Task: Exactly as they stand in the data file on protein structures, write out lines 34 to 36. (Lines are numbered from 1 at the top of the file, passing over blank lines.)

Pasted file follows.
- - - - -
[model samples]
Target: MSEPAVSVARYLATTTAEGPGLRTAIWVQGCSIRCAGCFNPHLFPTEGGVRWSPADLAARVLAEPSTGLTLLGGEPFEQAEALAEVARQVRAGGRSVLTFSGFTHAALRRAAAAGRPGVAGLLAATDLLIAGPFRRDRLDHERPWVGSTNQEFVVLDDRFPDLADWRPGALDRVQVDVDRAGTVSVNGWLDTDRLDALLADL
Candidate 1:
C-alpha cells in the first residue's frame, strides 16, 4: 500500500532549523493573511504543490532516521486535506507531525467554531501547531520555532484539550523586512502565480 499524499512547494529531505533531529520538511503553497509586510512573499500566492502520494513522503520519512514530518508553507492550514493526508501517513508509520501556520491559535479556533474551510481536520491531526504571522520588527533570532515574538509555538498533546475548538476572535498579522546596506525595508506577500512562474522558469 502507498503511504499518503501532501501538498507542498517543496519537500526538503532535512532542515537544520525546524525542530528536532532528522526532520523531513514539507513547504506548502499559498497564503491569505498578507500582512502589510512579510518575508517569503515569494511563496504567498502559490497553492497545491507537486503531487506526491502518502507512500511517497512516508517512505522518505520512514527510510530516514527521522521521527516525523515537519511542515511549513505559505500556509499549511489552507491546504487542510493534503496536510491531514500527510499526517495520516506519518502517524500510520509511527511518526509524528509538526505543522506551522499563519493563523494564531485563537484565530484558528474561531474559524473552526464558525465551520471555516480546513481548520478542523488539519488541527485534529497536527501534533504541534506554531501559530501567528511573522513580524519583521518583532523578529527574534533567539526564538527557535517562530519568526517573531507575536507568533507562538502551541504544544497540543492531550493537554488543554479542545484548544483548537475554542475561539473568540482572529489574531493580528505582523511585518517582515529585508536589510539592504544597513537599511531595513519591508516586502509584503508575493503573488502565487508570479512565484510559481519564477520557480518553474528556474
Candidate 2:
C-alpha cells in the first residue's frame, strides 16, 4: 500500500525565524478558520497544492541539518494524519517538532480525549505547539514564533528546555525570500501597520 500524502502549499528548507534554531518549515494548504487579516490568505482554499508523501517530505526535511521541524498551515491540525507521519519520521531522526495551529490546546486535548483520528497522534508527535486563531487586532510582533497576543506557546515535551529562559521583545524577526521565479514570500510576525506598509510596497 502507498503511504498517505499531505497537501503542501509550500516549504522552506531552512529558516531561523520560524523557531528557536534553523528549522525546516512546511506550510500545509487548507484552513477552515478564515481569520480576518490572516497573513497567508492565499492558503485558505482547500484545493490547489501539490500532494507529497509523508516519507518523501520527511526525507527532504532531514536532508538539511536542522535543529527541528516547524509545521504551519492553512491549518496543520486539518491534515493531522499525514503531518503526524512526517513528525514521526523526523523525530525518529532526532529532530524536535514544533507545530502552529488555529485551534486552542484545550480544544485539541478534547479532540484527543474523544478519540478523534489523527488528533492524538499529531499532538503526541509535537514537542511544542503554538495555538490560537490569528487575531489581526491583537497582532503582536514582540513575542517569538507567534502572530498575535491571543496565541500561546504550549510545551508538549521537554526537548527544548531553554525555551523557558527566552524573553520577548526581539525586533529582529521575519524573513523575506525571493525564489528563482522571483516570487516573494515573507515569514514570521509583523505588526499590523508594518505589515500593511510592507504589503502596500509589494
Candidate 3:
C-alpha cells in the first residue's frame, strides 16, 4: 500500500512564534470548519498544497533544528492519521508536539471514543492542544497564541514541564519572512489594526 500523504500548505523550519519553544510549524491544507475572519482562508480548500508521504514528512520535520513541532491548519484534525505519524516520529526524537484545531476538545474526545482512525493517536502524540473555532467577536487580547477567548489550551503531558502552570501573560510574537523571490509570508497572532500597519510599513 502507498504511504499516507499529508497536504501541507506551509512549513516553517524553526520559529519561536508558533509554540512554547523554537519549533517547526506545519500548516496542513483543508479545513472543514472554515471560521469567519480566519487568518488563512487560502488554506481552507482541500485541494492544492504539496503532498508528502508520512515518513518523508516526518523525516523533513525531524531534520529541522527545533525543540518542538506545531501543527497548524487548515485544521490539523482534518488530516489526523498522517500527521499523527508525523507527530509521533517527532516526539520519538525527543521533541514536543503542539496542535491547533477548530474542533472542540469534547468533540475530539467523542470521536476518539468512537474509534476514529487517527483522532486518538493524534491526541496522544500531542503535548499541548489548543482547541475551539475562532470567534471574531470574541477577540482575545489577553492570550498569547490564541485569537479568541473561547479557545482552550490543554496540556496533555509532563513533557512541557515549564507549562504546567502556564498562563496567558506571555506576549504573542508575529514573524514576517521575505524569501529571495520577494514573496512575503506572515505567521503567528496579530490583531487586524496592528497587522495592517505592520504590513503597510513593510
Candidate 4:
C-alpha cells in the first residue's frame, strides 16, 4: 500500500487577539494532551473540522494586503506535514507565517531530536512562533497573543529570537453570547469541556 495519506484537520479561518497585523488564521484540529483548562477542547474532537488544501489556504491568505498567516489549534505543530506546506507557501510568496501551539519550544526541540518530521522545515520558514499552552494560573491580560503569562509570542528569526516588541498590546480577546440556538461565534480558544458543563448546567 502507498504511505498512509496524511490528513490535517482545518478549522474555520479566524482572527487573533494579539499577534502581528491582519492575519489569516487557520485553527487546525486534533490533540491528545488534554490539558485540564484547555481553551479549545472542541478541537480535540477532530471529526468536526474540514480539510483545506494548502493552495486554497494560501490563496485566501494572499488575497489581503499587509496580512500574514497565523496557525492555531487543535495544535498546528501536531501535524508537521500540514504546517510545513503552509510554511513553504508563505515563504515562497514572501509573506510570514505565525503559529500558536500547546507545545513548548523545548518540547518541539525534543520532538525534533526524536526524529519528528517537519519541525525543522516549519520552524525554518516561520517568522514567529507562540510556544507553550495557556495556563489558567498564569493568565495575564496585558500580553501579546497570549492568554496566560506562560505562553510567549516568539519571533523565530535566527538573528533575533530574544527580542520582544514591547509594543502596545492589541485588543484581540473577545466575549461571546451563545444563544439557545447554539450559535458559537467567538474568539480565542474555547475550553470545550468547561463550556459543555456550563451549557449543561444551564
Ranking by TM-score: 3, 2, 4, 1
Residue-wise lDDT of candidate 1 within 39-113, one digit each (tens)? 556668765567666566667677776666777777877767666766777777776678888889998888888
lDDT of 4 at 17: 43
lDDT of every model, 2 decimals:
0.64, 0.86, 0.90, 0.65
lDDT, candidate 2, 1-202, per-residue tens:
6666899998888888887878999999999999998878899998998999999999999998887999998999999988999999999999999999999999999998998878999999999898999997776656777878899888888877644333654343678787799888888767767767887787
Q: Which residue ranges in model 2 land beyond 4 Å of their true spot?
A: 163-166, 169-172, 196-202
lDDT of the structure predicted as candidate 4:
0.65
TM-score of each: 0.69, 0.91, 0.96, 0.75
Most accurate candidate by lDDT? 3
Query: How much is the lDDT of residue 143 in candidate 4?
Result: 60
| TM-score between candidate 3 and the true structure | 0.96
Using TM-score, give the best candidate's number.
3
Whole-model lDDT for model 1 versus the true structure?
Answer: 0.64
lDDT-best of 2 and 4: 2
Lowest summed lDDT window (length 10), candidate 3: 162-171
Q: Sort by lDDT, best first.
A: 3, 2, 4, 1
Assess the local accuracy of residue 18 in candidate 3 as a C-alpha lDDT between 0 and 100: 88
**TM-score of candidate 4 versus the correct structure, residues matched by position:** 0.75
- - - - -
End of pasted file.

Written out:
A: 3, 2, 4, 1
Assess the local accuracy of residue 18 in candidate 3 as a C-alpha lDDT between 0 and 100: 88
**TM-score of candidate 4 versus the correct structure, residues matched by position:** 0.75